Sandstone & weathering

Updated March 23, 2017

Sandstone is a common building material in many parts of the world. Sandstone is also subject to several different forms of weathering, which wear it down over time.

Ice Crystallization

One process that weathers sandstone is ice crystallisation, which is sometimes referred to as "ice wedging" or "frost wedging." This occurs when water seeps into a pore or crack in sandstone and then freezes. Because water expands when it freezes, it has the potential to fracture sandstone and break pieces off.

Salt Crystallization

The process of salt crystallisation is similar to ice crystallisation, though in this case it is a saline solution that enters a crack in the sandstone and then crystallises and expands. This produces a wedge effect, and can widen cracks in sandstone and break pieces apart. Often, ice crystallisation and salt crystallisation work together to weather sandstone.

Expansion and Contraction

Constant cycles of expansion and contraction can also weaken sandstone over time and eventually cause it to break apart. Expansion and contraction of the molecules in sandstone occur when it heats and cools (as it does from day to night, especially if the sun shines directly on it), and when it is wet and then dries.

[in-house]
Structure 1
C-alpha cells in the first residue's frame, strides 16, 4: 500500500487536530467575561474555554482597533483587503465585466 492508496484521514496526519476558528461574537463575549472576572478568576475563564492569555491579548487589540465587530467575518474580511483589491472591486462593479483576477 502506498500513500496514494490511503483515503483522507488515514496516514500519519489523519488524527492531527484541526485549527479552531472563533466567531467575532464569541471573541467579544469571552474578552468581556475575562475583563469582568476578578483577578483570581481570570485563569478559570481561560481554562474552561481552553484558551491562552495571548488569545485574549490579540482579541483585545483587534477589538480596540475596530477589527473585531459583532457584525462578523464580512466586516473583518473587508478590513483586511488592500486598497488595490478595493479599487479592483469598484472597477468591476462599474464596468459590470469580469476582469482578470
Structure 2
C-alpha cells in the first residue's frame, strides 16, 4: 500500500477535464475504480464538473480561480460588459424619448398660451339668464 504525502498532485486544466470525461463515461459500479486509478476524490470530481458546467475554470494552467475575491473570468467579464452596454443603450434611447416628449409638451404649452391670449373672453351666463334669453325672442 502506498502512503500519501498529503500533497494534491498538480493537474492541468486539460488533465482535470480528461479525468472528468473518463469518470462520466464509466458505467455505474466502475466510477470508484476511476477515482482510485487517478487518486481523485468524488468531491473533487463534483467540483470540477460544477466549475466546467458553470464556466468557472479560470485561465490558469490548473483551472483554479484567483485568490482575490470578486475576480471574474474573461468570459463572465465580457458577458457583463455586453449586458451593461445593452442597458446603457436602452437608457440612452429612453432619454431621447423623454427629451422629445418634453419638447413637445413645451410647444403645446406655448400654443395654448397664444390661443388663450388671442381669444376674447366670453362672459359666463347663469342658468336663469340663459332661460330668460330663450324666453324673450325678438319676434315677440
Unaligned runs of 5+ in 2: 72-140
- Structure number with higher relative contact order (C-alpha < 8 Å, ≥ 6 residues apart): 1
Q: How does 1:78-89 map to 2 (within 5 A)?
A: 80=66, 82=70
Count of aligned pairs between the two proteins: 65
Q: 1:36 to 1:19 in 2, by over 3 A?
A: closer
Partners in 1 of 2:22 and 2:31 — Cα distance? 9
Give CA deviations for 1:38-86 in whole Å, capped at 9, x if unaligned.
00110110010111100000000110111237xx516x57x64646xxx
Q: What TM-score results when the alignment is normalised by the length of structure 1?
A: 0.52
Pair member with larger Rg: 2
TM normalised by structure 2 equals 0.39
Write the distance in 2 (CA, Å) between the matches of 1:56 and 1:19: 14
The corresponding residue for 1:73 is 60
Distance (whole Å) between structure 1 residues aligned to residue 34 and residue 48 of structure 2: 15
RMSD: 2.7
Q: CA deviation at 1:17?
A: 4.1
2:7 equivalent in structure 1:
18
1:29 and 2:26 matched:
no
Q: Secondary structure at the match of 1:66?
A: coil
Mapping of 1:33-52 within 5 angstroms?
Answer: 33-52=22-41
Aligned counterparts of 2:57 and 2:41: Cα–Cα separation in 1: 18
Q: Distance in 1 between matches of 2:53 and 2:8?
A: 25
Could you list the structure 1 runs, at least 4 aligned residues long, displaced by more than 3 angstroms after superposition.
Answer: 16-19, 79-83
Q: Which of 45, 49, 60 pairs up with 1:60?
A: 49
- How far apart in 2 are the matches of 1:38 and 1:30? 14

Lichens can also weather sandstone. When lichens grow on rock, they produce a chemical that breaks down stone and allows the lichens to obtain nutrients. Lichens will eventually make cracks and holes in sandstone that make it more susceptible to other forms of weathering.

Porous Sandstone

In general, the more holes, pores or cracks there are in a piece of sandstone, the more susceptible to weathering the sandstone will be.

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